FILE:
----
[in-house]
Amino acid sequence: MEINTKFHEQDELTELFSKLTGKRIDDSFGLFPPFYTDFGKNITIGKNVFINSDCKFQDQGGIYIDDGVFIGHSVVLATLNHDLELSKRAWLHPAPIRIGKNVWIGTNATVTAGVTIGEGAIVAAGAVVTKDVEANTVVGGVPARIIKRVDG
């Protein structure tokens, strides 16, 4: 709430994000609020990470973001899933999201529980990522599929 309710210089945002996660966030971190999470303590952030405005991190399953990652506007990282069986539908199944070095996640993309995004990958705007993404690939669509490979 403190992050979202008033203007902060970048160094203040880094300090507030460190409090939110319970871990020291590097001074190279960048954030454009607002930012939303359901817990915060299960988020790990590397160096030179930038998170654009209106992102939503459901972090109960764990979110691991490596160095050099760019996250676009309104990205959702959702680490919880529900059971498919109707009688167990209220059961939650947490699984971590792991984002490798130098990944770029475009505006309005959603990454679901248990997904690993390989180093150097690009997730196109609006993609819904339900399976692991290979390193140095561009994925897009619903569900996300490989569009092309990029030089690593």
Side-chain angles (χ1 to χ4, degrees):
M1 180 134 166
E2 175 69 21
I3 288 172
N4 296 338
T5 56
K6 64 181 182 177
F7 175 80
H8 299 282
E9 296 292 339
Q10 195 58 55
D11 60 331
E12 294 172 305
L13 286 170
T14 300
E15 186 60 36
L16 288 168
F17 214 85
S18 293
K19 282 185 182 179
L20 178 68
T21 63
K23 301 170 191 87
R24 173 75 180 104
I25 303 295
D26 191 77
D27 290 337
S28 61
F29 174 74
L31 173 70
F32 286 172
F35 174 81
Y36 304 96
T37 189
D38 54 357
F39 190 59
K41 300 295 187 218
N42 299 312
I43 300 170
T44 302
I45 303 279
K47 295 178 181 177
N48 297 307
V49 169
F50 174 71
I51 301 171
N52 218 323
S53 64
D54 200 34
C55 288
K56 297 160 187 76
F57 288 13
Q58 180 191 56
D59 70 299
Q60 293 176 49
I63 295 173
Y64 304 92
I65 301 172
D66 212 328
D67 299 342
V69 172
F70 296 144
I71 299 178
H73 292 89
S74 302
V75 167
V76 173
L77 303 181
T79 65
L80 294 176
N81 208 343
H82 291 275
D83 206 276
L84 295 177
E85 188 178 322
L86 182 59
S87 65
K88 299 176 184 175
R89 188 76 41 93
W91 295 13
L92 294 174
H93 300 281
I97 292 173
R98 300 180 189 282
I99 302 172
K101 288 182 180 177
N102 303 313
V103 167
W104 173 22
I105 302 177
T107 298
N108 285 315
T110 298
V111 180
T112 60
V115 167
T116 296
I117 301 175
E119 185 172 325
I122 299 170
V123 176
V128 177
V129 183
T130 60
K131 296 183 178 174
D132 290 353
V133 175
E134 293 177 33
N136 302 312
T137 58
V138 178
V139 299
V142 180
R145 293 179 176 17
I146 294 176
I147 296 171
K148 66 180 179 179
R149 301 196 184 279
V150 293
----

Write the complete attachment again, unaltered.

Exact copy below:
[in-house]
Amino acid sequence: MEINTKFHEQDELTELFSKLTGKRIDDSFGLFPPFYTDFGKNITIGKNVFINSDCKFQDQGGIYIDDGVFIGHSVVLATLNHDLELSKRAWLHPAPIRIGKNVWIGTNATVTAGVTIGEGAIVAAGAVVTKDVEANTVVGGVPARIIKRVDG
């Protein structure tokens, strides 16, 4: 709430994000609020990470973001899933999201529980990522599929 309710210089945002996660966030971190999470303590952030405005991190399953990652506007990282069986539908199944070095996640993309995004990958705007993404690939669509490979 403190992050979202008033203007902060970048160094203040880094300090507030460190409090939110319970871990020291590097001074190279960048954030454009607002930012939303359901817990915060299960988020790990590397160096030179930038998170654009209106992102939503459901972090109960764990979110691991490596160095050099760019996250676009309104990205959702959702680490919880529900059971498919109707009688167990209220059961939650947490699984971590792991984002490798130098990944770029475009505006309005959603990454679901248990997904690993390989180093150097690009997730196109609006993609819904339900399976692991290979390193140095561009994925897009619903569900996300490989569009092309990029030089690593």
Side-chain angles (χ1 to χ4, degrees):
M1 180 134 166
E2 175 69 21
I3 288 172
N4 296 338
T5 56
K6 64 181 182 177
F7 175 80
H8 299 282
E9 296 292 339
Q10 195 58 55
D11 60 331
E12 294 172 305
L13 286 170
T14 300
E15 186 60 36
L16 288 168
F17 214 85
S18 293
K19 282 185 182 179
L20 178 68
T21 63
K23 301 170 191 87
R24 173 75 180 104
I25 303 295
D26 191 77
D27 290 337
S28 61
F29 174 74
L31 173 70
F32 286 172
F35 174 81
Y36 304 96
T37 189
D38 54 357
F39 190 59
K41 300 295 187 218
N42 299 312
I43 300 170
T44 302
I45 303 279
K47 295 178 181 177
N48 297 307
V49 169
F50 174 71
I51 301 171
N52 218 323
S53 64
D54 200 34
C55 288
K56 297 160 187 76
F57 288 13
Q58 180 191 56
D59 70 299
Q60 293 176 49
I63 295 173
Y64 304 92
I65 301 172
D66 212 328
D67 299 342
V69 172
F70 296 144
I71 299 178
H73 292 89
S74 302
V75 167
V76 173
L77 303 181
T79 65
L80 294 176
N81 208 343
H82 291 275
D83 206 276
L84 295 177
E85 188 178 322
L86 182 59
S87 65
K88 299 176 184 175
R89 188 76 41 93
W91 295 13
L92 294 174
H93 300 281
I97 292 173
R98 300 180 189 282
I99 302 172
K101 288 182 180 177
N102 303 313
V103 167
W104 173 22
I105 302 177
T107 298
N108 285 315
T110 298
V111 180
T112 60
V115 167
T116 296
I117 301 175
E119 185 172 325
I122 299 170
V123 176
V128 177
V129 183
T130 60
K131 296 183 178 174
D132 290 353
V133 175
E134 293 177 33
N136 302 312
T137 58
V138 178
V139 299
V142 180
R145 293 179 176 17
I146 294 176
I147 296 171
K148 66 180 179 179
R149 301 196 184 279
V150 293